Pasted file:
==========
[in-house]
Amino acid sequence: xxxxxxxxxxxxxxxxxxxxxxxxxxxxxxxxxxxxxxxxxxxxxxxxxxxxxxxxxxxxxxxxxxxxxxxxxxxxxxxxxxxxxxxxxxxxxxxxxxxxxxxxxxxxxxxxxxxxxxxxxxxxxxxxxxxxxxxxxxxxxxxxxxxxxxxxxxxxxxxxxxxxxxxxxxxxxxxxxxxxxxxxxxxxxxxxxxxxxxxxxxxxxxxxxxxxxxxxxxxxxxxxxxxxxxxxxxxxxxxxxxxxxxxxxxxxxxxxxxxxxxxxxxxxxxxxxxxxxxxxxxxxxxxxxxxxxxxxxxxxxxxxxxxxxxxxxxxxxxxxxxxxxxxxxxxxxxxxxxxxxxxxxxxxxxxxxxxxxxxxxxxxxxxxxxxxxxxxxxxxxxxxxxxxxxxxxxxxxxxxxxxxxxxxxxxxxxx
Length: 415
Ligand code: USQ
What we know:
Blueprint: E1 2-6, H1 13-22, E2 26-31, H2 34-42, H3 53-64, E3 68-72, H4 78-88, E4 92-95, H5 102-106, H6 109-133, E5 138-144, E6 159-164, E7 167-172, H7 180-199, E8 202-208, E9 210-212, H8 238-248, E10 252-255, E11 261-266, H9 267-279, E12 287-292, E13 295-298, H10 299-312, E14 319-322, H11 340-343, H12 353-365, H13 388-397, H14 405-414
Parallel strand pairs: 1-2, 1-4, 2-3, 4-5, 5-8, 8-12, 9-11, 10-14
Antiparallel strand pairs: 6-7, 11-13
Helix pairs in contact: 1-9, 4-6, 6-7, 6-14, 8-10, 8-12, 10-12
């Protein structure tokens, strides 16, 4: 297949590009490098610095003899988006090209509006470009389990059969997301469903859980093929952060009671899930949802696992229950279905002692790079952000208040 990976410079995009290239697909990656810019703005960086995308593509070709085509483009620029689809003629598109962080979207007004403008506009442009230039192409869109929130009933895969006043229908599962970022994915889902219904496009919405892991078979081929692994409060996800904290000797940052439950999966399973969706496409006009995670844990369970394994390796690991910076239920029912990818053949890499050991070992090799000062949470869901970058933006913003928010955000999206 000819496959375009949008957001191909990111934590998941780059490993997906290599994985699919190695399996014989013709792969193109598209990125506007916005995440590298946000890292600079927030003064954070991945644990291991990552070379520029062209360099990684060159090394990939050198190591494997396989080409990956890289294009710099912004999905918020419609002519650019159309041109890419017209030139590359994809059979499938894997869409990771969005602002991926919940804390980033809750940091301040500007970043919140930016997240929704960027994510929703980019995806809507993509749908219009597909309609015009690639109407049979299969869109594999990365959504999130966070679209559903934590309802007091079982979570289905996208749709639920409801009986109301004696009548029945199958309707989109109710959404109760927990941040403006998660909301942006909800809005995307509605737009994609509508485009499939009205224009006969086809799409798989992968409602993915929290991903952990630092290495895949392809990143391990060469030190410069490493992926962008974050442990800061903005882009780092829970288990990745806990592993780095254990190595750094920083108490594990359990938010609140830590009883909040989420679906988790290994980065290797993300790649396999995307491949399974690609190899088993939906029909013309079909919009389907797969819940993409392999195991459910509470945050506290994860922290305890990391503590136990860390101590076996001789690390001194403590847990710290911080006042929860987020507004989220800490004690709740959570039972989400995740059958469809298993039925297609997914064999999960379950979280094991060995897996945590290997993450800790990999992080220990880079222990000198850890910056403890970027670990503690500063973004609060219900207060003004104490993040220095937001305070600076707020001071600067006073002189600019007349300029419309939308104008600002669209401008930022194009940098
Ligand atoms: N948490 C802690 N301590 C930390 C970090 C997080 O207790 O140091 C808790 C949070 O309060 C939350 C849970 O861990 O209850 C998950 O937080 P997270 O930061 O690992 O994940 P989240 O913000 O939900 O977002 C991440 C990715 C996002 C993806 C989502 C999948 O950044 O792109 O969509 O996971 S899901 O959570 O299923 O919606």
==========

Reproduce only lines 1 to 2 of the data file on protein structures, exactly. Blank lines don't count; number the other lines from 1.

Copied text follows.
[in-house]
Amino acid sequence: xxxxxxxxxxxxxxxxxxxxxxxxxxxxxxxxxxxxxxxxxxxxxxxxxxxxxxxxxxxxxxxxxxxxxxxxxxxxxxxxxxxxxxxxxxxxxxxxxxxxxxxxxxxxxxxxxxxxxxxxxxxxxxxxxxxxxxxxxxxxxxxxxxxxxxxxxxxxxxxxxxxxxxxxxxxxxxxxxxxxxxxxxxxxxxxxxxxxxxxxxxxxxxxxxxxxxxxxxxxxxxxxxxxxxxxxxxxxxxxxxxxxxxxxxxxxxxxxxxxxxxxxxxxxxxxxxxxxxxxxxxxxxxxxxxxxxxxxxxxxxxxxxxxxxxxxxxxxxxxxxxxxxxxxxxxxxxxxxxxxxxxxxxxxxxxxxxxxxxxxxxxxxxxxxxxxxxxxxxxxxxxxxxxxxxxxxxxxxxxxxxxxxxxxxxxxxxx